RIO RANCHO, N.M. — The following paragraph, which appeared in a guest column by Dana Pappas, commissioner of officials for the New Mexico Activities Association, in last Sunday’s Observer may have seemed ominous:
“When officials have finally had enough, you will not have the luxury of paying the price of admission to scream, yell and act less than human because, without officials, high school sports cease to exist.”
Today, though, it’s a grim reality.
“I did read the article; Dana did a great job,” said Kayla Peterson, on the front lines on area basketball courts as an official.
Peterson certainly doesn’t want to see high school sports disappear. Her family’s life revolves around basketball, and now she’s following in her parents’ footsteps — and wearing stripes — officiating the game of basketball.
Kayla, a 2016 RRHS graduate, and her sister, Lexi (RRHS Class of 2018), played at La Cueva High School and then at Rio Rancho High School when their father, Scott, assumed the reins of the girls basketball program in 2015. Before that, her three uncles and an aunt, all with the surname Steffensen, had played on Rams teams. And before Scott Peterson entered the coaching profession, he’d been a successful prep player at La Cueva and Valley high schools.
“I started when I was about 17 years old,” she said. “I did my first game with my uncle, Daniel Steffensen (a member of the 2006-07 RRHS state champs). I wanted to make some money; it was a little AAU tournament. It was really fun — I started falling in love with it.”
Following graduation in May 2016, she headed to Eastern Arizona College and to help pay her way, “I was officiating” more basketball games.
“At EAC last year, the girls program was suffering. I was doing high school games and the assistant coach asked me three or four times to come and play for them,” she said. “I was even doing a men’s league, kicking guys out left and right. (One night), I had a partner who was drunk and I was 19 years old — I’m sorry, I just love officiating.”
Now 20, she spent two years at EAC before returning to New Mexico and is now taking classes at CNM’s West Side campus — and working for the City of Rio Rancho Parks, Recreation and Community Services Department as a recreation leader.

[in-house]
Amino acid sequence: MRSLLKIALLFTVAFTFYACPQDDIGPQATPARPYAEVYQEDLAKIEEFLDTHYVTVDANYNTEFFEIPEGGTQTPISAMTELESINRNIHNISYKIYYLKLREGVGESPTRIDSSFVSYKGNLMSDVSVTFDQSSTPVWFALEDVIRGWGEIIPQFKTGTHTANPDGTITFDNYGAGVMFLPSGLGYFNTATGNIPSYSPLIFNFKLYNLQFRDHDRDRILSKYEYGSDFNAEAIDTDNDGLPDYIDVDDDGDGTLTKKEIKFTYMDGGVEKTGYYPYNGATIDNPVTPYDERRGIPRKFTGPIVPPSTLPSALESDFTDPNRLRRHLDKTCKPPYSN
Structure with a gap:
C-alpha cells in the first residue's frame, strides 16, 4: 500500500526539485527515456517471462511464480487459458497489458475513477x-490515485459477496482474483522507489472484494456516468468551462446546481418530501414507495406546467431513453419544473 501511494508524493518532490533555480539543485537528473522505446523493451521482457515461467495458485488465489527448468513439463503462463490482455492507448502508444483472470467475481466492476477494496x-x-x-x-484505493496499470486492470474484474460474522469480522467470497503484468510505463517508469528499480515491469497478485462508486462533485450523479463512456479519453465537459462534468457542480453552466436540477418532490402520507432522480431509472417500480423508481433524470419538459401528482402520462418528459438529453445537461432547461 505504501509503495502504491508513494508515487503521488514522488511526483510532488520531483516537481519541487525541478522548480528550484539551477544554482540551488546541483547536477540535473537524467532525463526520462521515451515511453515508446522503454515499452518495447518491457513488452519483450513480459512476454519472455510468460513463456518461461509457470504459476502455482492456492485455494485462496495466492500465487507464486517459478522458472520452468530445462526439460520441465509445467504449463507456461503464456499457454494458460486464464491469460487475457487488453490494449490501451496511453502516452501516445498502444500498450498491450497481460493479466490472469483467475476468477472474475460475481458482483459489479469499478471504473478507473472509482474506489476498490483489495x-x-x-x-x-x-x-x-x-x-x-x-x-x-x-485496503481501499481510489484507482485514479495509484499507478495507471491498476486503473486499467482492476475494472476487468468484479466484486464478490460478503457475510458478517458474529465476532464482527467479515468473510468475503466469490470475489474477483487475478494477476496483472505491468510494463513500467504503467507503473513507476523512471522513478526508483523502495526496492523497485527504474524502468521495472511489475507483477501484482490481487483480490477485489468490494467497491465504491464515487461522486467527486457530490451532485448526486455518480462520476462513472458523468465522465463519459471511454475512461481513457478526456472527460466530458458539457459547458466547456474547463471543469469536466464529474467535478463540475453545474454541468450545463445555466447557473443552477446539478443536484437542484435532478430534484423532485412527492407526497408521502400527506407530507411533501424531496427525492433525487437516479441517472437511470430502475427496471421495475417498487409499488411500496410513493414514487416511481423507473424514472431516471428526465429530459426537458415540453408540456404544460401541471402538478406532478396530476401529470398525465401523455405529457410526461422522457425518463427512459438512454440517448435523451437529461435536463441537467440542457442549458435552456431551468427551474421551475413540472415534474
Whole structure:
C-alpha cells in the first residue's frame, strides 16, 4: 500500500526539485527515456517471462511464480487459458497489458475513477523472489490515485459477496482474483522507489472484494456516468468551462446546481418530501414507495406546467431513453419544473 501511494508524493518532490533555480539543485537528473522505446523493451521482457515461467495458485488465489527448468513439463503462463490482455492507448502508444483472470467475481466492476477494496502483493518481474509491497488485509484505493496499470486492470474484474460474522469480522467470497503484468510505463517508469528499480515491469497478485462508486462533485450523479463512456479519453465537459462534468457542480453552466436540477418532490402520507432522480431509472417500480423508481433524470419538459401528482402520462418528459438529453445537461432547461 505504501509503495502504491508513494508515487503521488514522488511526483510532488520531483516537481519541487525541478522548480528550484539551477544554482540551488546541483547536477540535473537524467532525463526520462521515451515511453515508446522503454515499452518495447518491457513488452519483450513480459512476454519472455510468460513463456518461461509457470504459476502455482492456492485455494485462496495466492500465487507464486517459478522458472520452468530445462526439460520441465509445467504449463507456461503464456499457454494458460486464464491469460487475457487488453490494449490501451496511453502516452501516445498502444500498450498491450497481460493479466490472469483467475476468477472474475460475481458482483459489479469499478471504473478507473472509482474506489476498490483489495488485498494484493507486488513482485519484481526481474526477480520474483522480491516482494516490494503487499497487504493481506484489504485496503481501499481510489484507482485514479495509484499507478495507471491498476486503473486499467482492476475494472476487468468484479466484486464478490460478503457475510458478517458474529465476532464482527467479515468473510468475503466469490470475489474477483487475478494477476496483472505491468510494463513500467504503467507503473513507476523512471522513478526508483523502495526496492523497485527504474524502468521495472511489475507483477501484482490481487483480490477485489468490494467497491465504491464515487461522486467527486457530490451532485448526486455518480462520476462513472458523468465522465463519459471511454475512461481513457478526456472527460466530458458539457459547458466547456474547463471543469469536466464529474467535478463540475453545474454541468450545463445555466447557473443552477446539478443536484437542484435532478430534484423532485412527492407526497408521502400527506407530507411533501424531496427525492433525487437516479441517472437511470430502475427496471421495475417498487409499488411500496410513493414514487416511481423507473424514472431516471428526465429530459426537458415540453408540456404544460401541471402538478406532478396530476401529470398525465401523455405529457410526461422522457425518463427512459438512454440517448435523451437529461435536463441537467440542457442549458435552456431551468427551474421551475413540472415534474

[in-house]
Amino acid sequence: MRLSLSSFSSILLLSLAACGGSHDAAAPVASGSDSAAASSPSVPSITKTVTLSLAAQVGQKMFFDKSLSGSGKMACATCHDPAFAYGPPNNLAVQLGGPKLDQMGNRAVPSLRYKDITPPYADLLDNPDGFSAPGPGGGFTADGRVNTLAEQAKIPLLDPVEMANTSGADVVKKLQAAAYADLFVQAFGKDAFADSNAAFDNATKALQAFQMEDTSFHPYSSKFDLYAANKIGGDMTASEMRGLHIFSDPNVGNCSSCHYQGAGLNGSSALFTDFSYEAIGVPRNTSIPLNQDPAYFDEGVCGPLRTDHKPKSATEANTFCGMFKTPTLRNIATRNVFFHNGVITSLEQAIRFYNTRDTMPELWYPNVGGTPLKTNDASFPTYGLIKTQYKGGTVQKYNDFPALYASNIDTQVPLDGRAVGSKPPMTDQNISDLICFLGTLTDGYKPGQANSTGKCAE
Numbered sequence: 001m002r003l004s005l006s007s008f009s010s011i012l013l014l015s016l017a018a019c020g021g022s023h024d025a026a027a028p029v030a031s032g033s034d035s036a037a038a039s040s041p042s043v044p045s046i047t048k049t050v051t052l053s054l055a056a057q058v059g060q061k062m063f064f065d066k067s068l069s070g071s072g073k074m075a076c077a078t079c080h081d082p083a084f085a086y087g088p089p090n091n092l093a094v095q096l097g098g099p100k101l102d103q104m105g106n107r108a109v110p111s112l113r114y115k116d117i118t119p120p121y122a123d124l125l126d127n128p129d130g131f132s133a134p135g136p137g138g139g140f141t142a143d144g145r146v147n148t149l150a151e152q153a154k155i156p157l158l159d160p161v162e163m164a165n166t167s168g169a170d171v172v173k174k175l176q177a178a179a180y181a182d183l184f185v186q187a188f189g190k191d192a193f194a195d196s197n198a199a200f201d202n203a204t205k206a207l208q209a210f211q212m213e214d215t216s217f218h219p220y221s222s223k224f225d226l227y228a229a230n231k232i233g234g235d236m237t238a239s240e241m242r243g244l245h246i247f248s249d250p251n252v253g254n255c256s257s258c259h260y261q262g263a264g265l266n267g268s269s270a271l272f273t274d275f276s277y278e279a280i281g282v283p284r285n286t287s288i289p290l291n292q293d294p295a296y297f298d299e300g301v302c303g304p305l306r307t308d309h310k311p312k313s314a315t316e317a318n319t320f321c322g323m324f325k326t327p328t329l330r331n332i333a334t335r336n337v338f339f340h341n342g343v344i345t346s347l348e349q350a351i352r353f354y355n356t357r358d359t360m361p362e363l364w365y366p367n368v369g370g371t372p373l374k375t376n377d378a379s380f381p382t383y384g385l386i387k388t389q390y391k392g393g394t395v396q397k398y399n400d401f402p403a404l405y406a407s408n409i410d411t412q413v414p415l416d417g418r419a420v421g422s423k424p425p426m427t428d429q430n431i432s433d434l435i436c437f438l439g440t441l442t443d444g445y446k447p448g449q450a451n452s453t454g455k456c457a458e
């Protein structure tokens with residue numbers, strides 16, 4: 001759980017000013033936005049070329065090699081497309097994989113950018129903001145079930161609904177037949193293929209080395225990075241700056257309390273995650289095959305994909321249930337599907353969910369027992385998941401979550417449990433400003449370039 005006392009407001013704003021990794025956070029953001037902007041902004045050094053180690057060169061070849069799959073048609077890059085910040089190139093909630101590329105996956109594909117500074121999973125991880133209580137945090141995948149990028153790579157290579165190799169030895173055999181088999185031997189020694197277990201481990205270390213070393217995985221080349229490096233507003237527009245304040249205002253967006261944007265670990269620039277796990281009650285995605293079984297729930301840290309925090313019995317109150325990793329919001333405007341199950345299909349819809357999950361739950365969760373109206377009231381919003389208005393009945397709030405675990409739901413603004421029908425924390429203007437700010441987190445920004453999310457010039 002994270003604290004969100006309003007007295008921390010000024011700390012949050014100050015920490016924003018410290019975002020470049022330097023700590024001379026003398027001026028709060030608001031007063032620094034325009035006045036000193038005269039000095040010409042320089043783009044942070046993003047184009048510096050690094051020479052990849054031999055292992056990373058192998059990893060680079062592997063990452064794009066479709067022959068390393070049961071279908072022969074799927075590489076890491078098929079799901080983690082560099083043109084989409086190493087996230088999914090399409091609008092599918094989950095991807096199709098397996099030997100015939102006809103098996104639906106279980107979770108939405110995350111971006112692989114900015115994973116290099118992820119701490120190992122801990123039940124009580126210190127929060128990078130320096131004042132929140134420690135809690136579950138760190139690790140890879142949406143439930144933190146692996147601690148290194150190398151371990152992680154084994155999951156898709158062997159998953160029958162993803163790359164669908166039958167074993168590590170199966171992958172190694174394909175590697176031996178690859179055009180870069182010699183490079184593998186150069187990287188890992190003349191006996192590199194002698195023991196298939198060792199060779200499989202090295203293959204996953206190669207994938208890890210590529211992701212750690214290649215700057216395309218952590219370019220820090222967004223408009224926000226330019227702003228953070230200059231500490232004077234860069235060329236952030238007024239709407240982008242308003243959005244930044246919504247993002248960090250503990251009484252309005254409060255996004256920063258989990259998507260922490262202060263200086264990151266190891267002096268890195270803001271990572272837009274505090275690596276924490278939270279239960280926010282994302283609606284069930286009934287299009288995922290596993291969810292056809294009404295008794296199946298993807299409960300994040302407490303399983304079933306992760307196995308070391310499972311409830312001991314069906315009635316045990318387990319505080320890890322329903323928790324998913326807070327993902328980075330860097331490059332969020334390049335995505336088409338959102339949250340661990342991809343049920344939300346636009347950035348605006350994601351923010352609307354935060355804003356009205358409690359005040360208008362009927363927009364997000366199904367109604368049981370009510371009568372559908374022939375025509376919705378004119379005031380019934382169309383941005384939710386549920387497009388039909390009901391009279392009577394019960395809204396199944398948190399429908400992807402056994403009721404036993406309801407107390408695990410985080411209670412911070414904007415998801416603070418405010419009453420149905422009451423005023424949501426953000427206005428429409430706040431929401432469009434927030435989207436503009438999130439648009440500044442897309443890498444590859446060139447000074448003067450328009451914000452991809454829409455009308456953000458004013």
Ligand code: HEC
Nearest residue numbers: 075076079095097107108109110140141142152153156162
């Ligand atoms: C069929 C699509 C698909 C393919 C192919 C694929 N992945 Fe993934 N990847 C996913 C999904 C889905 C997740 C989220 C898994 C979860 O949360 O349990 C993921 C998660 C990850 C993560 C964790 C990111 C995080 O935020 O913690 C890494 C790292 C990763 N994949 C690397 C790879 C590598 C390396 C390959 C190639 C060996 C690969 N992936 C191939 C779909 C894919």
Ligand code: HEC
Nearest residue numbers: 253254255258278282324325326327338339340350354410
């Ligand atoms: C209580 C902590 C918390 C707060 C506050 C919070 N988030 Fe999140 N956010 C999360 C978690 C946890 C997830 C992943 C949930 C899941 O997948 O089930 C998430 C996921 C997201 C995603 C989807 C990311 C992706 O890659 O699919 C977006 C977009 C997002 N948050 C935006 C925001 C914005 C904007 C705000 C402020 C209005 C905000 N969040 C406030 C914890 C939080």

Her debut as a varsity high school official occurred late last year in Moriarty; she’s been able to do in the neighborhood of six to eight games a week, enjoying the game and the $54 per game she pockets.
“I’m mainly doing varsity every week — five or more, and a little bit of (freshman and junior varsity games).”
Peterson admitted that during her days as a feisty guard for the Bears and then Rams, she wasn’t a favorite of the men and women in stripes.
“As a player, I was one of those people they talk about,” she recalled. “I would get T’d up a lot; I would do things that would frustrate the other girls. There was a six-foot post from Eldorado; I shoved her, she came back and shoved me. Officials T’d us both up.
“I would be like, ‘I don’t think that was a foul, man,'” she said.
Obviously, to be successful wearing stripes, she had to change that attitude.
“I think the biggest thing for me was it kept me close to the game,” she said, with a better understanding that maybe, “That wasn’t a foul, man.
“People are going to make mistakes. It’s different on the floor than six rows up in the bleachers, or how a coach sees it from the bench,” she explained, even suggesting officiating for others who love the game.
“I would recommend it, if they can handle the excitement and how they handle the coaches — and how an official talks to the coach,” she said. “People expect me at my (young) age, that I can’t talk to them because I’m only 20. But I understand coaches get emotional.
“Overall, the New Mexico Officials Association is awesome; they have our backs when something happens,” she said. “It’s a fun atmosphere. I really appreciate all they do for me — and I’ll continue to grow.”
By “grow,” she means taking her whistle to the next level, maybe even working college games.
Understandably, her mother is proud of her and recalled her start with a whistle.
“I knew Scott from afar,” said Alyssa Peterson, older than her Steffensen siblings and attending Cibola High School because RRHS didn’t exist then. “He played basketball with my dad (Wally Steffensen, a regular at Rams games). I always had a crush on him. People don’t know that he was an amazing basketball player … They would leave school from Valley and they’d go play with my dad at the church on Thursday afternoon.
“Scott officiated for many years; he put himself through college doing it,” Alyssa said. “He and I met; then he introduced me to it. Instead of going out on dates, we’d go officiate together.”
That was back in 1999 or so, she said, remembering she was wary of blowing a whistle for men.
“I was real nervous about it, but Scott said, ‘You’re going to see the better the basketball is, the easier it is to officiate,” she recalled. “We got married and I officiated clear through being pregnant with Kayla; I stopped at about six months pregnant with her.
“Ref’ing men’s basketball is horrible.”
Now that her eldest daughter is wearing stripes, what does she think?
“I think you have to have a square jaw,” she said. “You have to be willing to deal with everything that comes with it: You have be willing to deal with the parents, the coaches and everything else.
“But I think what Dana said was spot-on, because I do feel that parents are ruining the game,” Alyssa said. “Until you’re on the floor officiating, it’s a whole different reality than just sitting in the stands and calling a travel or a foul or anything like that.”
Kayla agreed: “People don’t realize how hard officiating is. I want to make it fair and the best environment for the kids — it’s all about the 10 players on the court.
“After a lot of my games, I have had random fans or players say this is the best crew, (so) my hard work’s paying off.”